resourcesABOUT MT AUTHOR GUIDELINES CLASSIFIEDS EDITORIAL CALENDAR MEDIA GUIDE MASSAGE MART SCHOOLS & EDUCATION FEEDBACK
The Truth About Herbs
I appreciate the effort and research put into the article written in the June issue of Acupuncture Today regarding pesticides and Chinese herbs.
The Spirit of the Point
After receiving a large amount of positive feedback on my San Zhen Protocols series, I have decided to focus this article on some relevant clinical aspects of acupuncture therapy prior to moving on to San Zhen Protocols III.
The Science Behind Happiness
Are you happy right now? Whether yes or no, there are a myriad of reasons why you feel that way. A whole academic discipline has developed to find out what causes or obstructs happiness, and how to amplify it.
A Healthy Dose of Failure is Vital to Your Success
As an acupuncturist I tend to see people after they have already suffered for years and "tried everything." They are so desperate for some relief that they want to know everything about how to get better, right now.
When Big Pharma Meets Chinese Medicine
Earlier this year, Bayer made a media splash with their decision to buy the Dihon Pharmaceutical Group Co., a Chinese TCM manufacturer.
Help Secure Our Future by Sharing It
The National Board of Chiropractic Examiners (NBCE) conducts one of the most comprehensive surveys of the U.S. chiropractic profession every 4-5 years.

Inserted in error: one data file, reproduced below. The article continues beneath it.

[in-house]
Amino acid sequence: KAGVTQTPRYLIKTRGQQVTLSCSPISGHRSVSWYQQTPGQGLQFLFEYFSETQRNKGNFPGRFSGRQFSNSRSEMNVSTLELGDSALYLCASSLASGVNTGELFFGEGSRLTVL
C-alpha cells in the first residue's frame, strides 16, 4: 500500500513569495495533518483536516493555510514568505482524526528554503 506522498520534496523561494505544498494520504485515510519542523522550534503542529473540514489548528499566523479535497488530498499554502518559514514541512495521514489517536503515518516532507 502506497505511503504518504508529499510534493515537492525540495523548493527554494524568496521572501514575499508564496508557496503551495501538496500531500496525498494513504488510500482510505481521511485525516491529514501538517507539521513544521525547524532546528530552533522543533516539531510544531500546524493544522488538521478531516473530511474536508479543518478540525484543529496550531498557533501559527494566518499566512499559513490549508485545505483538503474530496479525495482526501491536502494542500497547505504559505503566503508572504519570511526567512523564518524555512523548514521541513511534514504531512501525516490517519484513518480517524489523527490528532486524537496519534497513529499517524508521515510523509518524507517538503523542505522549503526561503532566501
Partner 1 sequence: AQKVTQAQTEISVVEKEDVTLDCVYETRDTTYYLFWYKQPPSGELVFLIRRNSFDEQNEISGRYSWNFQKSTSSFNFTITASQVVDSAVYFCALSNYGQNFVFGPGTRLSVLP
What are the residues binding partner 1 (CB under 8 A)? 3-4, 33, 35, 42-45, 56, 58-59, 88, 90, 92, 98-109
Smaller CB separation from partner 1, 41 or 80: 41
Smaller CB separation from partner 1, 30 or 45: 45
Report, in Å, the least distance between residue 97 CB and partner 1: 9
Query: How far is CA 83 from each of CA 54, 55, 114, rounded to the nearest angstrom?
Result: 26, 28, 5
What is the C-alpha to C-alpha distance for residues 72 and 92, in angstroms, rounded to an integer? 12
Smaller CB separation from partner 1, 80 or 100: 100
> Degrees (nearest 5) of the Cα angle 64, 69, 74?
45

Thoracolumbar Syndrome: The Great Mimic
The thoracolumbar junction is a common area of joint dysfunction. The most obvious cause is dysfunctional breathing or lack of diaphragmatic breathing. Treating this breathing problem will ultimately be the long-term cure for the syndrome.
News in Brief
NBCE Launches Computer-Based Testing Era; California Chiropractors Get Expanded DOT Exam Privileges; New Jeff Hays Documentary.
Uncle Sam Needs You
Scrutiny into the Department of Veterans Affairs (DVA) continues to grow after efforts to reform the DVA by the former Secretary of Veterans Affairs, Eric Shinseki, were deemed "a stunning period of dysfunction" by Senate Minority Leader Mitch McConnell (R-Ky.).
MPA Media Wins Seven Publishing Awards
MPA Media, publisher of Acupuncture Today, among other titles, has been recognized for editorial and design excellence with an unprecendented seven publishing awards by the ASBPE, the nation's largest organization for business-to-business publications.
Let the Patient Tell Their Story
Often when a patient presents with an injury, they want to tell their story. People by nature like to talk about themselves, particularly when they're worried about their health.
Healing Community Trauma in Israel and Palestine